Find A Plumber Near You Call Us Now: Hamilton (289) 768-9099

How Does a Sump Pump Work?

Oct 18 2022
a sump pump located on the perimeter of a home

When it comes to minimizing the risk of water damage in your basement, you can put your trust in a sump pump

A sump pump is a device that helps prevent flooding in underground sections of your home. These machines come in handy when there is a surplus of water in the ground surrounding your basement. Whether the water came from heavy rains or melted snow, a sump pump can move that water away from your home. 

If you live in an area with frequent rainfall, your house could definitely benefit from a sump pump. But how does a sump pump work exactly? Find out below!

How Does a Sump Pump Work? 

Most homes have a small area that is dug into the floor of the basement. This pit, so to speak, is designed to collect water that filters through the loose earth surrounding the foundation. 

A sump pump keeps this area in check by detecting the water and moving it away from the house via a network of pipes. In terms of size, sump pumps typically measure two feet deep and 18 inches in diameter. When the water rises to a particular level, a floating switch triggers an electrical circuit and engages the sump pump. 

A sump pump system usually comes with a built-in one-way check valve that prevents the initially expelled water from re-entering the pit. 

Modern Models Can Send Notifications Straight To Your Phone

On top of that, most sump pump systems also alert homeowners through an alarm in case the water rises beyond its limits. This indicates that the sump pump is failing. Keeping in sync with the times, modern sump pump systems are equipped with the technology to send alarm notifications straight to your phone.  

It Needs a Ground Fault Circuit Interrupter

In terms of their power source, sump pumps are fueled by electricity. Given that sump pumps operate near or in the water, it is of the highest importance that the outlet you connect your device to has a ground fault circuit interrupter (GFCI).  

It Needs A Back-Up Power Source In Case of Power Outages

Naturally, flooding is often associated with storms, which could eventually lead to power outages. In case of a power failure, make sure that you have your sump pump connected to a back-up power source in advance. Because if the sump pump detects water but isn’t plugged into an operational power source, it won’t be able to do its job.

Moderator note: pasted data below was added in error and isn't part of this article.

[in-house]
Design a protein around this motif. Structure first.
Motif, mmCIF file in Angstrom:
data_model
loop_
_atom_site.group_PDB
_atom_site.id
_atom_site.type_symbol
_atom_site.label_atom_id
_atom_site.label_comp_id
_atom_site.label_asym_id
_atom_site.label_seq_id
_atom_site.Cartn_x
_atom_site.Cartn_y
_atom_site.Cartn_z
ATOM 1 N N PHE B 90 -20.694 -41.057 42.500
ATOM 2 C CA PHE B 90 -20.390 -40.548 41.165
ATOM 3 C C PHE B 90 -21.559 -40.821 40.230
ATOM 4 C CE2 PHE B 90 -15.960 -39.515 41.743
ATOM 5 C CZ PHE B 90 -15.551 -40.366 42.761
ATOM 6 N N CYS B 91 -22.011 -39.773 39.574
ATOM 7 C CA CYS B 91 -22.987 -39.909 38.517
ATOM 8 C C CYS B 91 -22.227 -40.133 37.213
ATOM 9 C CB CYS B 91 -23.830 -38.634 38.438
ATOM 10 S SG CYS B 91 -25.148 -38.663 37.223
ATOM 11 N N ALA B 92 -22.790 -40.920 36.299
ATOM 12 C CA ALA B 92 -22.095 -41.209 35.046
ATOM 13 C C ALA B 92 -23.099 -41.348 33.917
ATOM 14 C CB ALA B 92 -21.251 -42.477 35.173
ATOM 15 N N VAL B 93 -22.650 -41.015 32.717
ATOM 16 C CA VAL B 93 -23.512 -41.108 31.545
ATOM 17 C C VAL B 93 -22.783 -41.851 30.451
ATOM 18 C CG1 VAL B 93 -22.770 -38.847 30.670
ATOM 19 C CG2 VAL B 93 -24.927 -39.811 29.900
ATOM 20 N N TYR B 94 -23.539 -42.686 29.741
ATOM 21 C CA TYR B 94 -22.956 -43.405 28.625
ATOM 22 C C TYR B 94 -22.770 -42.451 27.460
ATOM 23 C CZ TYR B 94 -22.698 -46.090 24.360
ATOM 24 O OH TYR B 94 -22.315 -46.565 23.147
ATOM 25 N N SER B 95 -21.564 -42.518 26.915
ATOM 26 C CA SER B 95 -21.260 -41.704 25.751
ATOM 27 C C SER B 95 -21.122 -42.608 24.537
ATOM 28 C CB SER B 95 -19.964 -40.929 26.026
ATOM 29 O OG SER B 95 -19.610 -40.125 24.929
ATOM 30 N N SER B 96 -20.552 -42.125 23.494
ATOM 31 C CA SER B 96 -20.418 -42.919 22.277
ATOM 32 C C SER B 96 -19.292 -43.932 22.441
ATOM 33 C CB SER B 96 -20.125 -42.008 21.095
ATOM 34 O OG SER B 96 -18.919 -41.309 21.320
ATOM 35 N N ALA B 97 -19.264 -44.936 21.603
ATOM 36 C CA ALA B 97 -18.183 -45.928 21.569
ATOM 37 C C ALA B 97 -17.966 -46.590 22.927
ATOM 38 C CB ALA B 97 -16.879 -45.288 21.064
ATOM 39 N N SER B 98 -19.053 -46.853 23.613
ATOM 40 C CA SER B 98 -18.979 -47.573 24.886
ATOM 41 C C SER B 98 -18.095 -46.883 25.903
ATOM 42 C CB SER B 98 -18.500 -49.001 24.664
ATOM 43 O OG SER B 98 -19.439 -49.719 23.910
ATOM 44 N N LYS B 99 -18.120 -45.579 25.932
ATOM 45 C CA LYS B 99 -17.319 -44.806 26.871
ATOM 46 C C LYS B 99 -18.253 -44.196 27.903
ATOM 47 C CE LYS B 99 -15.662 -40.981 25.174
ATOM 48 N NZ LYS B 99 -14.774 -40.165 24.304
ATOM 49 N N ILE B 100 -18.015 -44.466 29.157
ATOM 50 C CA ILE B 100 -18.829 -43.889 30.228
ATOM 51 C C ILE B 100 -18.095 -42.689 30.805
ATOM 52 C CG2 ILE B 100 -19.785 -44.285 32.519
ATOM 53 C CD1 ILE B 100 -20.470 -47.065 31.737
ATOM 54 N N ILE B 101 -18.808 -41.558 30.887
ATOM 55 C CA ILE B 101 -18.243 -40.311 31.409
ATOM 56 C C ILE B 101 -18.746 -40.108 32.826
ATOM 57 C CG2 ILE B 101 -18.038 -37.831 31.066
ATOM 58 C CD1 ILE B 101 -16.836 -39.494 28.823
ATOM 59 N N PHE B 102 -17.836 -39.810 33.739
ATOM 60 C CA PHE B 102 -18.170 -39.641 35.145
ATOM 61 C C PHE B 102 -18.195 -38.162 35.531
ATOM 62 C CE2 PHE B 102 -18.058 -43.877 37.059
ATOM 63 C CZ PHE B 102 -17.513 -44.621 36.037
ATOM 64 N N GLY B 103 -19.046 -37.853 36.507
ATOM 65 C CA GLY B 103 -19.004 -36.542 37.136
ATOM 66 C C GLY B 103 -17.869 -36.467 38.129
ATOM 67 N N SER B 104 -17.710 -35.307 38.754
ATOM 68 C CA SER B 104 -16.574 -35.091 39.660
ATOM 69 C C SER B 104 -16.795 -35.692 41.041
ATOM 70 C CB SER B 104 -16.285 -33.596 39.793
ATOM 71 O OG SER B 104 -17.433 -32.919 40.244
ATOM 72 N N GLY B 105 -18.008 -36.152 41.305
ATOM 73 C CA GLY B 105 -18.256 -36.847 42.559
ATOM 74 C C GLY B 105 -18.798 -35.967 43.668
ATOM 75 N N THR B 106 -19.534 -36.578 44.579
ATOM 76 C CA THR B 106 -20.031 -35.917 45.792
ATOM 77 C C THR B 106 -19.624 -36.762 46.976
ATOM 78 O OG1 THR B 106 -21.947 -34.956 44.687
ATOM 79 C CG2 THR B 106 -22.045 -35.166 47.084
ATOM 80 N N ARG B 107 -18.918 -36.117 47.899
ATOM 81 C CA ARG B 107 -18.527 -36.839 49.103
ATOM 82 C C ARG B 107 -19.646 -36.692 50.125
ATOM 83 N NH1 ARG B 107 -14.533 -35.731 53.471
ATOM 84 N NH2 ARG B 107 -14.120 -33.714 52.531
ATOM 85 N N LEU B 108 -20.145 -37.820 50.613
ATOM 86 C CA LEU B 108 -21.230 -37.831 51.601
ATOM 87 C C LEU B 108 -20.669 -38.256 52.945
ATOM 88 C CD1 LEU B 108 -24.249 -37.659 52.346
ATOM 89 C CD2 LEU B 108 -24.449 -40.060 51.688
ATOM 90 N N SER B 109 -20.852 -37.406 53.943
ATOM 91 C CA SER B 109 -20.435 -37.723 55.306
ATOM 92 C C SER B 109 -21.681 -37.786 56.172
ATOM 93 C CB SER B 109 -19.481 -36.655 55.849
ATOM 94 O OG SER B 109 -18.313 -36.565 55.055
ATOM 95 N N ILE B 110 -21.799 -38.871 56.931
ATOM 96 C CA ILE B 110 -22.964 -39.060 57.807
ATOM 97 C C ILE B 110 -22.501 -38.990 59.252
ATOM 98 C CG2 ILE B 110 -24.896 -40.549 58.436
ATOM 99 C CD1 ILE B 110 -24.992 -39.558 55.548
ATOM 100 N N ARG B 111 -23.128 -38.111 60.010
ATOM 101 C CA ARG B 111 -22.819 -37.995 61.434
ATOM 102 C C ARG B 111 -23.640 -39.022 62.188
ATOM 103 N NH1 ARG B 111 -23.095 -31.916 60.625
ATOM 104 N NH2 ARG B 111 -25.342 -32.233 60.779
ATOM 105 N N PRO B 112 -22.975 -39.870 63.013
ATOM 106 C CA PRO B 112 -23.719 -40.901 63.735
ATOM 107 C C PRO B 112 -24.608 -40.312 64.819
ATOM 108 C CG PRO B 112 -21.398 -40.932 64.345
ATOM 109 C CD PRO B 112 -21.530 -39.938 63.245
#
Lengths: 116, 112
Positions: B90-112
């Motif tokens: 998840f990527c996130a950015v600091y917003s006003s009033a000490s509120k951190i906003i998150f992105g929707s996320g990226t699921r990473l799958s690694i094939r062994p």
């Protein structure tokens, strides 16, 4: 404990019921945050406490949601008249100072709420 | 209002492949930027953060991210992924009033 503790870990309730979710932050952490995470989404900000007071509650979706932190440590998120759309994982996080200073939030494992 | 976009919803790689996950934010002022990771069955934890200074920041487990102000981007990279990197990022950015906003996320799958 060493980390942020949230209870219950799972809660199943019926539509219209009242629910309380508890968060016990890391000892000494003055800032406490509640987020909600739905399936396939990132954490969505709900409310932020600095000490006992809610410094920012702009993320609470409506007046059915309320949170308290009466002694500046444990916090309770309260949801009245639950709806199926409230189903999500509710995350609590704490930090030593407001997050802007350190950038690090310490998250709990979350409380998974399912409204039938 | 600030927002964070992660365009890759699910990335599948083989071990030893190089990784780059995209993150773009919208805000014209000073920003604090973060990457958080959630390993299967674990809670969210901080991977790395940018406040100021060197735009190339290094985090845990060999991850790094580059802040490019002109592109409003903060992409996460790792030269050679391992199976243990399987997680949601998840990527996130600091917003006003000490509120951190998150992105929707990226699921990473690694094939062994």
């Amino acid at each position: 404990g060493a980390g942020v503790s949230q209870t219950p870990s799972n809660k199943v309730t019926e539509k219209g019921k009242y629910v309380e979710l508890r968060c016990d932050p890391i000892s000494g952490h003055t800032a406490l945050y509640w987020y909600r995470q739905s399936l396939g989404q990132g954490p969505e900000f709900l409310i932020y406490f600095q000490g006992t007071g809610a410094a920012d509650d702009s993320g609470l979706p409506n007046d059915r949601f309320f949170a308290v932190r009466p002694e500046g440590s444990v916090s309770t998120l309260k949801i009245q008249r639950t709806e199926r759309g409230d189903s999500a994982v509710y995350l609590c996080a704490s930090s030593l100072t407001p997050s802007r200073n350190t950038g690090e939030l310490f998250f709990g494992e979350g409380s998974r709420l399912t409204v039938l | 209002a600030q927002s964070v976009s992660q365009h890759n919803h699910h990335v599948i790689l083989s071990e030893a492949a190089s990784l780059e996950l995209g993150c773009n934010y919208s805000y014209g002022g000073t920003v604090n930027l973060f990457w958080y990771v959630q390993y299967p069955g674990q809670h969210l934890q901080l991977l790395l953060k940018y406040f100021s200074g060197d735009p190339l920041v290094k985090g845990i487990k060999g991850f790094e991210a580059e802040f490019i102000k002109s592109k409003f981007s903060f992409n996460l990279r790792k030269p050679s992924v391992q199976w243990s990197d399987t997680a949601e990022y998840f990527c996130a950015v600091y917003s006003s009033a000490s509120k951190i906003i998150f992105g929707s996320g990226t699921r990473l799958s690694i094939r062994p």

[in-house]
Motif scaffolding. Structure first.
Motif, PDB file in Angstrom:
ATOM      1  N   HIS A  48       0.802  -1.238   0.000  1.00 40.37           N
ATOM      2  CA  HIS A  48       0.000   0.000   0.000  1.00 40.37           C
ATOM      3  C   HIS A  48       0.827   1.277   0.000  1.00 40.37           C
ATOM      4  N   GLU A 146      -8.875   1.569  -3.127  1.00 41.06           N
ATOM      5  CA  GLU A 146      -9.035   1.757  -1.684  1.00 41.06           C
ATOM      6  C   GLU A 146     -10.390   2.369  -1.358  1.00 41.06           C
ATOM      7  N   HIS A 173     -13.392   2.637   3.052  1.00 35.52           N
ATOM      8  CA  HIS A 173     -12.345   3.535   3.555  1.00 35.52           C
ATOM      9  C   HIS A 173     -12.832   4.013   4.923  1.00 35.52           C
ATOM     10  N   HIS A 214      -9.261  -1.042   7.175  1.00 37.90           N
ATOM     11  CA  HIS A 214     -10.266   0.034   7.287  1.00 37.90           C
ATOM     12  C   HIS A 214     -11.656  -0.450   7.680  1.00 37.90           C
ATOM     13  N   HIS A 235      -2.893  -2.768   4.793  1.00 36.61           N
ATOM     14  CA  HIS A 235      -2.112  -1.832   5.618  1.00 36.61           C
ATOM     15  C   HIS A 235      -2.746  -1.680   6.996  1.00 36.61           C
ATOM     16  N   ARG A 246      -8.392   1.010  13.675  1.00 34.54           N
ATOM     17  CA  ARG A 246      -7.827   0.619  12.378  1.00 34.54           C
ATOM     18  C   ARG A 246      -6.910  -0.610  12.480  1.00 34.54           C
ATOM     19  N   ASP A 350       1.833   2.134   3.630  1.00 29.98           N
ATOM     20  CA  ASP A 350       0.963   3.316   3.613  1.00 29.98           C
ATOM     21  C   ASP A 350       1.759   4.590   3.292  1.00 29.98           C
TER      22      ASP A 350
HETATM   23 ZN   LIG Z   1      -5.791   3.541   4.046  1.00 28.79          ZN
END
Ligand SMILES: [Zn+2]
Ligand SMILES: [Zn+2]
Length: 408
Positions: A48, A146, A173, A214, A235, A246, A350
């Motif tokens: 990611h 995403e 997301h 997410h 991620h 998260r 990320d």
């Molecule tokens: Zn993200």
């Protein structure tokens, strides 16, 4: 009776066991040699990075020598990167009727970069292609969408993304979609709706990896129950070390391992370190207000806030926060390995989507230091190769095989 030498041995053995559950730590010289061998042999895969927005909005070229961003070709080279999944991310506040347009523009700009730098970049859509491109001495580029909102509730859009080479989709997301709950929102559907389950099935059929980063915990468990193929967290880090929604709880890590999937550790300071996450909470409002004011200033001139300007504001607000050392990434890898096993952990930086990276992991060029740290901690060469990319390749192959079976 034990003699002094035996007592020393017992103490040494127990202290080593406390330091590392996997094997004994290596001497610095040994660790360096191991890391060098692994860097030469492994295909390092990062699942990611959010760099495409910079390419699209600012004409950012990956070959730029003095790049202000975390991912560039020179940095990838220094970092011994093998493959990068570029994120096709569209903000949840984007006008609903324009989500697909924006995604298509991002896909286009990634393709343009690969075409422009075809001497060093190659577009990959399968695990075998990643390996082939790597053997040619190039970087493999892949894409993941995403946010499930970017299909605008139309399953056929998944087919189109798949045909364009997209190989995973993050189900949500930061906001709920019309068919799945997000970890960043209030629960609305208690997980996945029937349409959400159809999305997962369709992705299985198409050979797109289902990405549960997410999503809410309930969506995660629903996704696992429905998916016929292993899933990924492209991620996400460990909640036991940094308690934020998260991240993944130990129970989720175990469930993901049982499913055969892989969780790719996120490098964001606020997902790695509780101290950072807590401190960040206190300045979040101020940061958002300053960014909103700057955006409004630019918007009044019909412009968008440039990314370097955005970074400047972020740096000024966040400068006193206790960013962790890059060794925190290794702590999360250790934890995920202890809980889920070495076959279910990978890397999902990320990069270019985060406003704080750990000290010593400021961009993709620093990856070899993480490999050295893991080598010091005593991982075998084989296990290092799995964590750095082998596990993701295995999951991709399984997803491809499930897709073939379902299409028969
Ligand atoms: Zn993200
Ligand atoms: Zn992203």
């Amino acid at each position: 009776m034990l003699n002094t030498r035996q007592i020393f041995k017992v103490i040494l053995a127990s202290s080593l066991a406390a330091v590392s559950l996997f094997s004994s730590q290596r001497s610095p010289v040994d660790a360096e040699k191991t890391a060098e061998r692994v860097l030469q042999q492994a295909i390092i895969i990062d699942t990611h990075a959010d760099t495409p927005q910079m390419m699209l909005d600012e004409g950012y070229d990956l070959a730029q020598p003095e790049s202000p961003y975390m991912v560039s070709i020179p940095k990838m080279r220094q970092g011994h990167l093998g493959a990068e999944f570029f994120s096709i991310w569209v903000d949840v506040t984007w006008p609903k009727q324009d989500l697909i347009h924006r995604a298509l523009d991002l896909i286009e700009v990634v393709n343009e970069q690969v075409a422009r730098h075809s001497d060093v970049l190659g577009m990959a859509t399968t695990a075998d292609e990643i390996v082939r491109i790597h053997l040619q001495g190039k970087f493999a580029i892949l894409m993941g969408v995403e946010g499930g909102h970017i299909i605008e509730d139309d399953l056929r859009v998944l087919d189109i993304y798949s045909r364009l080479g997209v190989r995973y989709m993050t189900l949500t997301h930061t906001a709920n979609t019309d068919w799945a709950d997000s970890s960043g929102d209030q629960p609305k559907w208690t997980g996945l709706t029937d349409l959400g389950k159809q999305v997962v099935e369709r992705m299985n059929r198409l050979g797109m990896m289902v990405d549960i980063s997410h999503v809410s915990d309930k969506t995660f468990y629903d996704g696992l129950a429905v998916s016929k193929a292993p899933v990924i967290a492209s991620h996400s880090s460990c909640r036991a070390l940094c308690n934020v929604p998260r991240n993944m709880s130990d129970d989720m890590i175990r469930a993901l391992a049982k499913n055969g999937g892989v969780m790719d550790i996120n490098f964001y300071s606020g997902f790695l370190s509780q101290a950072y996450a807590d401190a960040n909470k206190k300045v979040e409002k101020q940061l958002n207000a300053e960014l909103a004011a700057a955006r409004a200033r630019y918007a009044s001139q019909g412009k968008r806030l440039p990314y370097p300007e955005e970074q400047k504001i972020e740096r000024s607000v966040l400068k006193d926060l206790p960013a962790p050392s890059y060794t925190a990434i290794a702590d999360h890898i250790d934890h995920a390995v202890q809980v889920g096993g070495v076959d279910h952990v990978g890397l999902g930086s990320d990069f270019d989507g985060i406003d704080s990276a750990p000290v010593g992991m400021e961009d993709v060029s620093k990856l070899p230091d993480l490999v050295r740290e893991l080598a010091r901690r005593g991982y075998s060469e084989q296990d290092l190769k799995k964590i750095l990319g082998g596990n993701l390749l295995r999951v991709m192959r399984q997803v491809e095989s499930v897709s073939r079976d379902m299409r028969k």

A flooded basement caused by the lack of an operational sump pump  

The Types of Sump Pumps 

A comprehensive sump pump system is made of a primary and backup pump. Primary pumps are in charge of most of the work, while backup pumps are engineered to take over in case the primary one fails or is unable to handle the influx of water. 

Here are the types of sump pumps further broken down into subversive, pedestal, battery-powered, water-operated, and combination types:

Subversive Sump Pumps

Subversive sump pumps are the bulkiest of their kind. They are placed right inside the sump pit and function while submerged in water. As they run underwater inside the pit, they make a lot less noise versus pedestal pumps, which we will be discussing next. 

Pedestal Pumps

Pedestal sump pumps are long and upright devices. Their motor is installed at the top, with the intake mechanism sitting at the bottom. Unlike the subversive sump pumps, the motors of pedestal pumps are not meant to make contact with water. 

One of the biggest perks of having a pedestal sump pump is that it is cost-friendly. Moreover, it offers easy access when repairs and maintenance are needed. 

Battery-Powered Backup Sump Pumps

This is the most widely-used type of backup sump pump. While they don’t serve as a replacement for the primary sump pump, they do spring into action when the main pump needs a helping hand. 

Water-Powered Backup Sump Pumps

Just as the name suggests, water-powered backup sump pumps are fueled by water pressure, which means that they can just do their thing without the need for an electric current. 

Sump pumps driven by water power have an edge due to their unlimited runtime. However, they do need a steady, high-pressure flow of water in order to function. So, if your home has low water pressure, you might want to resort to battery-powered backup pumps instead.

Combination Sump Pumps

Combination sump pumps are all-in-one devices that include a primary pump and a backup pump. Investing in a comprehensive deal like this one is generally more cost-effective than purchasing the primary and backup pumps separately. 

A plumber installing a sump pump in a basement

Keep Your Sump Pump In Optimal Condition 

Whether you need sump pump installation or maintenance, you can rely on 1st Rooter’s team of plumbing experts. 

For over 25 years, 1st Rooter Plumbing has been the most trusted plumbing service provider in Hamilton, Burlington, Oakville and the surrounding areas. When it comes to quick, effective, and reliable plumbing services for residential and commercial establishments and emergency plumbing repairs, look no further than 1st Rooter. 

Reach out today to learn more!


Leave A Reply

Leave a Reply

Your email address will not be published. Required fields are marked *